Monday, 13 March 2017




One of the things I love about writing for Musings is the freedom we have to explore facets of the museum world that inspire us. When I write for Collections Corner I am able to research and explore items and thematic exhibitions from literally the entire world, physical or digital.

Here in Greatest Hits, the scope is widened (is that even possible?) because I get to peruse everyone else's interests. All of us chose our respective columns because we felt we had something unique to say on that particular subject. I love material culture, so naturally I gravitated towards Collections Corner. There are endless rabbit holes I can dive into when I think about the peculiar histories behind every collection, because every museum collection was assembled in its own strange way.

In Greatest Hits, I am essentially writing about writing. I explore what makes my colleagues tick, and quite frankly it's a ball. I think part of why we love museums so much in the first place is their transformative qualities. We get out of our own heads and into someone else's, whether it be an artist, a historical figure, a curator, or an everyperson.

Erika Robertson ventured even further outside of the box when she created the A Muse Bouche column. In her very first posting under that heading her blog entry mirrored this one: she explained the rationale behind her "experiment", which was her fascination with how food and museums intersect. She's right when she says that food and museums have a contentious relationship. There are very few things that risk a valuable collection more than exposure to food. Yet it's a necessity to have a solid meal when you plan to spend the day at a museum. They're exhausting enough without adding low blood sugar into the mix. Yet just because a museum is a world-class institution does not mean that it will have world-class dining facilities (I won't name names, but several prominent Canadian cultural centers come to mind).

What's so interesting about a column like A Muse Bouche is that it draws connections between food and other essential parts of the museum world that we wouldn't necessarily notice. Erika has traveled quite a bit, so she has found increasingly interesting ways to discuss food. When people visit a zoo (also under our large definition of museums) the highlights are watching the animals eat. There's something comforting when we see or imagine other beings enjoying a good meal. And empathy and imagination are key parts of a well-planned exhibition.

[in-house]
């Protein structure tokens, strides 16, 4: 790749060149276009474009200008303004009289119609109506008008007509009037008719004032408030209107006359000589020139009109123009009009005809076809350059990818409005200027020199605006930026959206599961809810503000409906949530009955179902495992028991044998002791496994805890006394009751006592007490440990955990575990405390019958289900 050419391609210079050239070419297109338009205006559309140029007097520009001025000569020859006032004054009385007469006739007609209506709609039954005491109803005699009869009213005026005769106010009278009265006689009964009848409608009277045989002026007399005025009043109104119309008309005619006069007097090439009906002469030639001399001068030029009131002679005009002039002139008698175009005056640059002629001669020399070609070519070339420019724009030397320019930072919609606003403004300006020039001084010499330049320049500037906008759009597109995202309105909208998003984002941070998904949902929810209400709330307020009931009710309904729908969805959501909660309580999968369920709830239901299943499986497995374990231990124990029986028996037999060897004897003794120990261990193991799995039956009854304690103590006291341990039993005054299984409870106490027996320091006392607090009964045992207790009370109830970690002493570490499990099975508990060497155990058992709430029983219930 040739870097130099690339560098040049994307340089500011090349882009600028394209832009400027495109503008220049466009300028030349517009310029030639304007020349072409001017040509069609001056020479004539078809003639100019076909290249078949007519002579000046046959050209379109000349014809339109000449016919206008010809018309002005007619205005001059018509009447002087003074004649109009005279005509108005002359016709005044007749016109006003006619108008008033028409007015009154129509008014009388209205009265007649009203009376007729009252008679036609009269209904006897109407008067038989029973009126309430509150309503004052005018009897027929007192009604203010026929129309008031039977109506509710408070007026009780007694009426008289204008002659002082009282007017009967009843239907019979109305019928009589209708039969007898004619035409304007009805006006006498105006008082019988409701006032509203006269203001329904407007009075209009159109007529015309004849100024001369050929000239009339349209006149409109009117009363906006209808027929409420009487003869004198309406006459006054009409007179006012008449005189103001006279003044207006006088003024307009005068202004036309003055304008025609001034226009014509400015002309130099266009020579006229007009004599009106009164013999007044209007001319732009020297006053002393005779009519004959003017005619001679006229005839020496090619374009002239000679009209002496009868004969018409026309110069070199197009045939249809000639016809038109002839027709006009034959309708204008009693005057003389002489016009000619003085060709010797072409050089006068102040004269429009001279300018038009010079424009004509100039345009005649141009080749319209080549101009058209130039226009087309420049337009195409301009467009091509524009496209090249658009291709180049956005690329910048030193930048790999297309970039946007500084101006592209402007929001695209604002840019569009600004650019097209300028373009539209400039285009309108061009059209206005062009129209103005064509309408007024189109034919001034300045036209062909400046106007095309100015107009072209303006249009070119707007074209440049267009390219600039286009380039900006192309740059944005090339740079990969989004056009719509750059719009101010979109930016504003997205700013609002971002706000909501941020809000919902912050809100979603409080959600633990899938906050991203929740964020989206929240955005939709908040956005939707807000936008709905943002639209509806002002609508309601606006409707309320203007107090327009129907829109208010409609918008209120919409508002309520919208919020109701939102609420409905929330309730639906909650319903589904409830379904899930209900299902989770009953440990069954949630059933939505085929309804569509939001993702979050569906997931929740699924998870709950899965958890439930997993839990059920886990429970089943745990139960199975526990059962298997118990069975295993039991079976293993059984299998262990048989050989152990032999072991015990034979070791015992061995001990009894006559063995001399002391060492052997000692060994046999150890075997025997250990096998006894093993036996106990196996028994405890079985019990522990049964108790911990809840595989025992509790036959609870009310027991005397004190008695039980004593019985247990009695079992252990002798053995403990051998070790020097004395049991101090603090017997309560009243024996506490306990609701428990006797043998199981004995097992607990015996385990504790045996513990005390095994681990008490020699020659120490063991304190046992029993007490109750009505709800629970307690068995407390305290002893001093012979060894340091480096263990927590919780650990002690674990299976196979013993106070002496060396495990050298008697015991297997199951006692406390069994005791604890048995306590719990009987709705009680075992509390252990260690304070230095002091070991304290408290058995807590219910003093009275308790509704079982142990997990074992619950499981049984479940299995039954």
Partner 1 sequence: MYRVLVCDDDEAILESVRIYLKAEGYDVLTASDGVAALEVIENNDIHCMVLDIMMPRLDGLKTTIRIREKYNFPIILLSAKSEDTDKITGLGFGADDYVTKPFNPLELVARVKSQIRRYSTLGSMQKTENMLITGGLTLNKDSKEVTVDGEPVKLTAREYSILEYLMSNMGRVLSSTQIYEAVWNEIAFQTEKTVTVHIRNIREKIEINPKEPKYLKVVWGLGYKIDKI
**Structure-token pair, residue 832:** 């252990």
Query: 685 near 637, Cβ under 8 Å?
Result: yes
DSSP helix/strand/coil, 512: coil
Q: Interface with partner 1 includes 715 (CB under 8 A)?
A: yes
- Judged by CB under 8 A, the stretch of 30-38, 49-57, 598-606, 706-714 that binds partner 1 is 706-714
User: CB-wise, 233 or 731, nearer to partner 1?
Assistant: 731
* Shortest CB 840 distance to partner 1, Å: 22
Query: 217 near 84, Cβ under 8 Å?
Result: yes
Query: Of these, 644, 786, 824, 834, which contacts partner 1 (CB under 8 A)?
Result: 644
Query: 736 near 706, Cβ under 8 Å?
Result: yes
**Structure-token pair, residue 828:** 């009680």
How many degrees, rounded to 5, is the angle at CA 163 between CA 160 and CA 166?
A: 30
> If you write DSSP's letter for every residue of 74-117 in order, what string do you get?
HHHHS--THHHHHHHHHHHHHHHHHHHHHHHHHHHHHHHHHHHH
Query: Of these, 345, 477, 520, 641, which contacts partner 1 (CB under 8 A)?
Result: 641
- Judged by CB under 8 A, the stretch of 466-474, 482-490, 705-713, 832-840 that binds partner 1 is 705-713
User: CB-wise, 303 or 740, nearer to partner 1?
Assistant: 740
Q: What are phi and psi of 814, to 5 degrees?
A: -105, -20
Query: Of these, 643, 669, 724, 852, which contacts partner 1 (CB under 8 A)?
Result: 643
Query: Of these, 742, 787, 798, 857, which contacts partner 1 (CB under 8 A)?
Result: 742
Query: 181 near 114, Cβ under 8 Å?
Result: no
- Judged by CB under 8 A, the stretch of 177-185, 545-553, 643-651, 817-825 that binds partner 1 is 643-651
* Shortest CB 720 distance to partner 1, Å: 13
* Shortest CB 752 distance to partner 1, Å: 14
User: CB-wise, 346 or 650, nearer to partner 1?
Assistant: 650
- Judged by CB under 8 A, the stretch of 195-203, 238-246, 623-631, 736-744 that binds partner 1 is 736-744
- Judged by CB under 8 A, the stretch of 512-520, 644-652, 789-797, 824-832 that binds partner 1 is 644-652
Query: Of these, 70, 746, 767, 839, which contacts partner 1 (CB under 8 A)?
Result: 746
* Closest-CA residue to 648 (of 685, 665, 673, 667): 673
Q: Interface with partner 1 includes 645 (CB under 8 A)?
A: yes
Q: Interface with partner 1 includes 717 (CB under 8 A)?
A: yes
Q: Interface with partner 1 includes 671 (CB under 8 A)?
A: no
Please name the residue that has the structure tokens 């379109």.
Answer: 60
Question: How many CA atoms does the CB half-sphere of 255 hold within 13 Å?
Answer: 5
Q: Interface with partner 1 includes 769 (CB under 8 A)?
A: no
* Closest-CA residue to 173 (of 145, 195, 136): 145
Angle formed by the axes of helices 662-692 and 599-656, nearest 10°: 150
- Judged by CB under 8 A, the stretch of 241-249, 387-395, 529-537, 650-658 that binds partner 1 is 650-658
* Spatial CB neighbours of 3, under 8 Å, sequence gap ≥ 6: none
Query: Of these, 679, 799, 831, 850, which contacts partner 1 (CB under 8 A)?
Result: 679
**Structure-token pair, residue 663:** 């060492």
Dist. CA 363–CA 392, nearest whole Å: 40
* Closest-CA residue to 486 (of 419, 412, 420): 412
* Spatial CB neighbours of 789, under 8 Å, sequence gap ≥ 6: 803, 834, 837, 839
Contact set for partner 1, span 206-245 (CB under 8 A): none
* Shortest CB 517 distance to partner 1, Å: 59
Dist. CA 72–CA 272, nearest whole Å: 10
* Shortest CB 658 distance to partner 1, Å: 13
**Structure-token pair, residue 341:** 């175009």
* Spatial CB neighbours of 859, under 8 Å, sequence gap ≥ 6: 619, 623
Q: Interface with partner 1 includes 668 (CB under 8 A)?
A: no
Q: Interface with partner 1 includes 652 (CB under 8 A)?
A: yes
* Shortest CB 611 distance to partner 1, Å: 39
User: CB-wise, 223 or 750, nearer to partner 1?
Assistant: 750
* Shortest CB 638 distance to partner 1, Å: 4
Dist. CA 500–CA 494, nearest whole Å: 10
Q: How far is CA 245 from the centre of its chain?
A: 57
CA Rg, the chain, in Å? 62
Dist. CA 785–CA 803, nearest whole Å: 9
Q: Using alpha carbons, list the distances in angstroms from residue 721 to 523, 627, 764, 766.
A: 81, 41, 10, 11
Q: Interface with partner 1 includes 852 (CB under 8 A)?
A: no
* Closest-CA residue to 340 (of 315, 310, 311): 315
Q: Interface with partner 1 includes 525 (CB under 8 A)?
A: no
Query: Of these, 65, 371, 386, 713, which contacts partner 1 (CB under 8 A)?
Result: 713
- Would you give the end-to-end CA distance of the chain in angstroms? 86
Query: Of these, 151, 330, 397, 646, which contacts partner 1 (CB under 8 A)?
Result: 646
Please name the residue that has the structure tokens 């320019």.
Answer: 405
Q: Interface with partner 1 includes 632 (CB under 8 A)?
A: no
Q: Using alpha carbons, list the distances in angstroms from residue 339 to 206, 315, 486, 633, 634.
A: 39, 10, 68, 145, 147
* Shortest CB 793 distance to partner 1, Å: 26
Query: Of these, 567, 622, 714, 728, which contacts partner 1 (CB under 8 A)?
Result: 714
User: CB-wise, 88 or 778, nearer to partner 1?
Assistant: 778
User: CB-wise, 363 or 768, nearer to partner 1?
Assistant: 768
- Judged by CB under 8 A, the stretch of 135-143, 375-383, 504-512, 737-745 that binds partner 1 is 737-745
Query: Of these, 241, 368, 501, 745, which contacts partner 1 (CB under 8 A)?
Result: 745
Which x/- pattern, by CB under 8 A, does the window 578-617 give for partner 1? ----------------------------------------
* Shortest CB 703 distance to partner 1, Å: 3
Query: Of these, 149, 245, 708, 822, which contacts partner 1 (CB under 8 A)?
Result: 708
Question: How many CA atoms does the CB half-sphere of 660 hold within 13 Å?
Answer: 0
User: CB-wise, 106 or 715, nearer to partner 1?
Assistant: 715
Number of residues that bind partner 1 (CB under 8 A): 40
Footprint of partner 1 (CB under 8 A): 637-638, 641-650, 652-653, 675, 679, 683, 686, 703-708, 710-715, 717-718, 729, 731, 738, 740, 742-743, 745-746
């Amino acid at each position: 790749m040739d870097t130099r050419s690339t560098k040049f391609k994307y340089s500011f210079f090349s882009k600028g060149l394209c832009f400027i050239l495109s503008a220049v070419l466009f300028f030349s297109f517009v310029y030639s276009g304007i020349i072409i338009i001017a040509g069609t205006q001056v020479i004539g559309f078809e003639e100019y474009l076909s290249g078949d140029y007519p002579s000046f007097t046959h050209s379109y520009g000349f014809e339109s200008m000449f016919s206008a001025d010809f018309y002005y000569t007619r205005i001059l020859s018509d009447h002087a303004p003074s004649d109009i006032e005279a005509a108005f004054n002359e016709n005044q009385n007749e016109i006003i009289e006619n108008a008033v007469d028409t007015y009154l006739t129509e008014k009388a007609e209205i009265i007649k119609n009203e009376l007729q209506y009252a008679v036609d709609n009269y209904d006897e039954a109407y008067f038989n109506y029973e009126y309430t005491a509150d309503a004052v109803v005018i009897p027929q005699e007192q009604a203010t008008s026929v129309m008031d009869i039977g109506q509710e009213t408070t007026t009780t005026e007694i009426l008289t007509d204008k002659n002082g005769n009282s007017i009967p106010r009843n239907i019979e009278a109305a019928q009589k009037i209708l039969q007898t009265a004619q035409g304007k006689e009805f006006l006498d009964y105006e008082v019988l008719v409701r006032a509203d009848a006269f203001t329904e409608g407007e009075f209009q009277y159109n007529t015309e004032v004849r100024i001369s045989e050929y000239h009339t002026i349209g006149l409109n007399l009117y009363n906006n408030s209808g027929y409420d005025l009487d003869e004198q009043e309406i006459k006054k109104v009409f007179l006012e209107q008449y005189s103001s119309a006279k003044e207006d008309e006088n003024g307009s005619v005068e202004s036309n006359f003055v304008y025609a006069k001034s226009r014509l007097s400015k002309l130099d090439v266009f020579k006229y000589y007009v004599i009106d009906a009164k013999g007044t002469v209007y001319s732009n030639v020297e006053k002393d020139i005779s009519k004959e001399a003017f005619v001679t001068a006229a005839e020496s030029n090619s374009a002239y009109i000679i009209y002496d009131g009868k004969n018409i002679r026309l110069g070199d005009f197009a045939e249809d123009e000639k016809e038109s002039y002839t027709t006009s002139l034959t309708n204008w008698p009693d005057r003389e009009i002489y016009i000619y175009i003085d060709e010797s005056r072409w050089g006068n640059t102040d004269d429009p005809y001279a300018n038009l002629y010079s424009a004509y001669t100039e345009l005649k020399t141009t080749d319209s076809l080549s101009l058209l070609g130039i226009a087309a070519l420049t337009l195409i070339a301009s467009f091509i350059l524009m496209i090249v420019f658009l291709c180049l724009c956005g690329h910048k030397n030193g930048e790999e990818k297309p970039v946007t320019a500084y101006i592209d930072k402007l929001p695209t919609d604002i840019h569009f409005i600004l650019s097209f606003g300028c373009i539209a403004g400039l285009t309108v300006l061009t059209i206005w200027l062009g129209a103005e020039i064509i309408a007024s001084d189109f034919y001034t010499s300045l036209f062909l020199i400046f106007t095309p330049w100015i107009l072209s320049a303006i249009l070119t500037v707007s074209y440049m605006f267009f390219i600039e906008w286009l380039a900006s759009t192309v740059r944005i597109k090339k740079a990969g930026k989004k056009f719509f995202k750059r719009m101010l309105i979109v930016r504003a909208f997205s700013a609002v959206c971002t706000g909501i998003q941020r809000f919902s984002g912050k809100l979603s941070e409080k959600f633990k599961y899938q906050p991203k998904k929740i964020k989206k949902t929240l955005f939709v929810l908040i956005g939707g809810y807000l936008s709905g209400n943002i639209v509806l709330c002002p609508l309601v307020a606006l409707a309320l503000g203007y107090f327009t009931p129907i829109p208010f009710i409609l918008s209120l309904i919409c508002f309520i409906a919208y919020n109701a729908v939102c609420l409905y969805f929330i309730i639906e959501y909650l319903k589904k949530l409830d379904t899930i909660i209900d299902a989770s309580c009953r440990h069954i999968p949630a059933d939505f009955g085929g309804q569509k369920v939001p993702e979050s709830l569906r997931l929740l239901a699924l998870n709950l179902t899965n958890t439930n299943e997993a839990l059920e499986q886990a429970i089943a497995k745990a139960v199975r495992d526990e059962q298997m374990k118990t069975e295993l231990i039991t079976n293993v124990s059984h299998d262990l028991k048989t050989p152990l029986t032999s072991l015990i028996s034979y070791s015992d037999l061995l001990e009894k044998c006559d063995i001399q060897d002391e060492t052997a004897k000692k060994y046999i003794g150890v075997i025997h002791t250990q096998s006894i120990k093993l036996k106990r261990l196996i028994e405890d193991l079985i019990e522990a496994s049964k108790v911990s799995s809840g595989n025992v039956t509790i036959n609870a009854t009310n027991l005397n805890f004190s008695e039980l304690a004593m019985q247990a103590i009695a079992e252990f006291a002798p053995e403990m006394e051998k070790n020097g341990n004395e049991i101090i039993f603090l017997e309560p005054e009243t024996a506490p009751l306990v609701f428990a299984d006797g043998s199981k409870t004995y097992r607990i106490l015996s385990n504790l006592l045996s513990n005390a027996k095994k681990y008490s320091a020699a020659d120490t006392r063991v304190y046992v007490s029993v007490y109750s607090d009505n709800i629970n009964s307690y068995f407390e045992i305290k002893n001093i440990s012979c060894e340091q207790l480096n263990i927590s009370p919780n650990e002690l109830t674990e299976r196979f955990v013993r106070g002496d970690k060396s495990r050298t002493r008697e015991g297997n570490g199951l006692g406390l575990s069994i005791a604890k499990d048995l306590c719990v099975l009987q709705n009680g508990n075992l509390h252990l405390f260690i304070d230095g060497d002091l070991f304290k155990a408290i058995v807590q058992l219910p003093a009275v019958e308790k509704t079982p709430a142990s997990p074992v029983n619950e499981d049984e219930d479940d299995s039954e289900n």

Erika made another great point when she wrote about how many of the artifacts we see in social history museums are directly related to food. Something like a soldier's canteen is linked to food culture. It seems obvious to point that out, but this is where the imagination component comes into play. I've forgotten many, many times when looking at a specifically curated collection unrelated to food that regardless of the context surrounding the artifact it undoubtedly has at least one direct link to our physical bodies and the process of digestion. We are mortal beings, and the majority of what we produce is related to our sustenance and survival. When you start to view collections through this lens, it's hard to wander a museum and not get hungry. Fun fact: I've yet to visit the tea/coffee/hot chocolate dowry cases at the Gardiner Museum and NOT want a large brunch afterwards.

So whether you prefer to pack a lunch, eat at a nice restaurant, or grab a quick bite from a museum cafe, I propose a game of sorts. Look at each item on your tray/table/blanket and try to find a corresponding item in the museum. If I'm correct, the game will be far too easy, and you'll have to think outside the lunch-box to spice it up.

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